“My child was supposed to be one of the first high school graduates of Achievers,” said Sonia Gonzalez, a parent of an Achievers Early College Prep Charter School student. “My daughter now has to get accustomed to a new high school for the rest of her high school career. Her learning will be extremely disrupted by this denial. I urge Governor Murphy and Acting Education Commissioner Allen-McMillan to rethink these decisions with the children in mind.”
A new statewide campaign (www.letmychildlearn) was launched at the press conference to provide families with the ability to share their perspective with the Governor directly while also ensuring that New Jersey leaders and lawmakers learn more about the important role that public charter schools play in the public education system through a statewide digital ad campaign.
Charter schools are tuition-free public schools run by non-profit organizations open to all students regardless of zip code, race/ethnicity or ability level. Charter schools operate with more flexibility than traditional public schools in exchange for increased accountability and high financial, academic and managerial standards by an authorizer. Every child in the state of New Jersey should have the opportunity to attend a highquality public school that best meets their needs and helps them reach their full potential. Denying high performing charter schools to expand not only disrupts the education of a child but hinders the opportunity to give children of all races an option to receive excellent educational opportunities at no cost.
“Governor Murphy is taking me away from my high school,” said Mya Harrison, a ninthgrade student at Achievers Early College Prep Charter School. “Achievers is my home and I am no longer able to finish my academic career here. Now, I need to find a new high school to attend. How is this fair to me?”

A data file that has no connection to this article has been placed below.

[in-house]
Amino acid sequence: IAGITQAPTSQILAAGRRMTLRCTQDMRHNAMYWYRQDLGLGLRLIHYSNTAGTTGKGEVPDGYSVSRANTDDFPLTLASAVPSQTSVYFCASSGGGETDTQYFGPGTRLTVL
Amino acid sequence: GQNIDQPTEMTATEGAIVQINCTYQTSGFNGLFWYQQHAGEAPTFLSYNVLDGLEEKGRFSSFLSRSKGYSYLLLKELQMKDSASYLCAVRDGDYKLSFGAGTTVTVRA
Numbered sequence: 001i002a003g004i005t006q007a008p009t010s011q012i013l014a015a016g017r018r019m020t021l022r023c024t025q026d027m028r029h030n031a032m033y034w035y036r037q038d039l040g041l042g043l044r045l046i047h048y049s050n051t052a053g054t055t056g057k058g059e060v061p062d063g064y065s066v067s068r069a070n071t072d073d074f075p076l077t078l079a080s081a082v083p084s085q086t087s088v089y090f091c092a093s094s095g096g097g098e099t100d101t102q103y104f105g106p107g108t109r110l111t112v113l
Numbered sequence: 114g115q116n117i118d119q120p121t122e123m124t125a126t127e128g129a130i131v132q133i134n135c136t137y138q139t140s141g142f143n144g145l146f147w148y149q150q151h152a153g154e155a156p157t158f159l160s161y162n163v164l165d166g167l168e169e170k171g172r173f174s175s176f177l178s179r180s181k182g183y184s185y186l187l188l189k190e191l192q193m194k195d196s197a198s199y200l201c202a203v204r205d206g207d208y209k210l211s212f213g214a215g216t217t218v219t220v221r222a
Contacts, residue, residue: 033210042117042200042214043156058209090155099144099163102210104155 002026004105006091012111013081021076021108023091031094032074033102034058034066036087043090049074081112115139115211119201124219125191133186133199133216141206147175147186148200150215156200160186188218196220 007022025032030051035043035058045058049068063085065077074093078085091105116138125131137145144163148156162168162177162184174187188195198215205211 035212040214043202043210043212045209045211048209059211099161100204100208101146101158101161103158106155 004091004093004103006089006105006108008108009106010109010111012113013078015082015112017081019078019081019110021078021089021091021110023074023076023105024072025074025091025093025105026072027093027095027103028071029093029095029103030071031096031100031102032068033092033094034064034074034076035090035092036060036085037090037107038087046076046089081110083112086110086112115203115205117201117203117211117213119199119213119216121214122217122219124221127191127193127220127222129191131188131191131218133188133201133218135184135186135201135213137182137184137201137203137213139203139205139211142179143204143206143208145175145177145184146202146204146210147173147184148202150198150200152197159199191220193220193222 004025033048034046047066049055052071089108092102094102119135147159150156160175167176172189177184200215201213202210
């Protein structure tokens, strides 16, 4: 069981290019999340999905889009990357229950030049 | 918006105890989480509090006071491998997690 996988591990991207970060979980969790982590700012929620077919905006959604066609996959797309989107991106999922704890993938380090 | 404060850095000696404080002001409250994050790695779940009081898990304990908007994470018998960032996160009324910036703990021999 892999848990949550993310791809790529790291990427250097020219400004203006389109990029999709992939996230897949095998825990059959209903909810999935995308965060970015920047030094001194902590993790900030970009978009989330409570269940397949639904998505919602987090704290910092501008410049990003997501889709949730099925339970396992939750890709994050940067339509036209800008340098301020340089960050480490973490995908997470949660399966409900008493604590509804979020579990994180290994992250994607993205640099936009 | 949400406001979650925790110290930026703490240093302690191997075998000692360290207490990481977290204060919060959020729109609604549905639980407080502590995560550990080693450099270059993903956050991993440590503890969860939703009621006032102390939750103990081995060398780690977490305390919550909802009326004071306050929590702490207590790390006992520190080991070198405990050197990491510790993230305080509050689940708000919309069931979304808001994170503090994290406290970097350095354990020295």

The faculty, parents and students who participated in the press conference are hoping today’s press conference opens up a discussion with Governor Murphy and Acting Education Commissioner Allen-McMillan to reverse the denials made. If the administration’s decision still stands, the charter schools are planning a rally for early March to coincide with the Governor’s budget presentation to the state legislature.
“We are fully committed to having Governor Murphy and his administration listen to our students’ and families’ frustration,” said Efe Odeleye, Co-Founder and Co-Director of Achievers Early College Prep Charter School. “Our charter school specifically was approved in 2017 with the plans in mind to educate all high school students. These denials can literally alter these kids’ lifepaths. They deserve better and they deserve to be heard.”
NJPCA represents the state’s charter school community and, by extension, charter school students and their parents. There are currently 87 charter schools in New Jersey serving nearly 60,000 students. The recent expansion denials put education in jeopardy for hundreds of students. For more information about this campaign, visit www.letmychildlearn.org.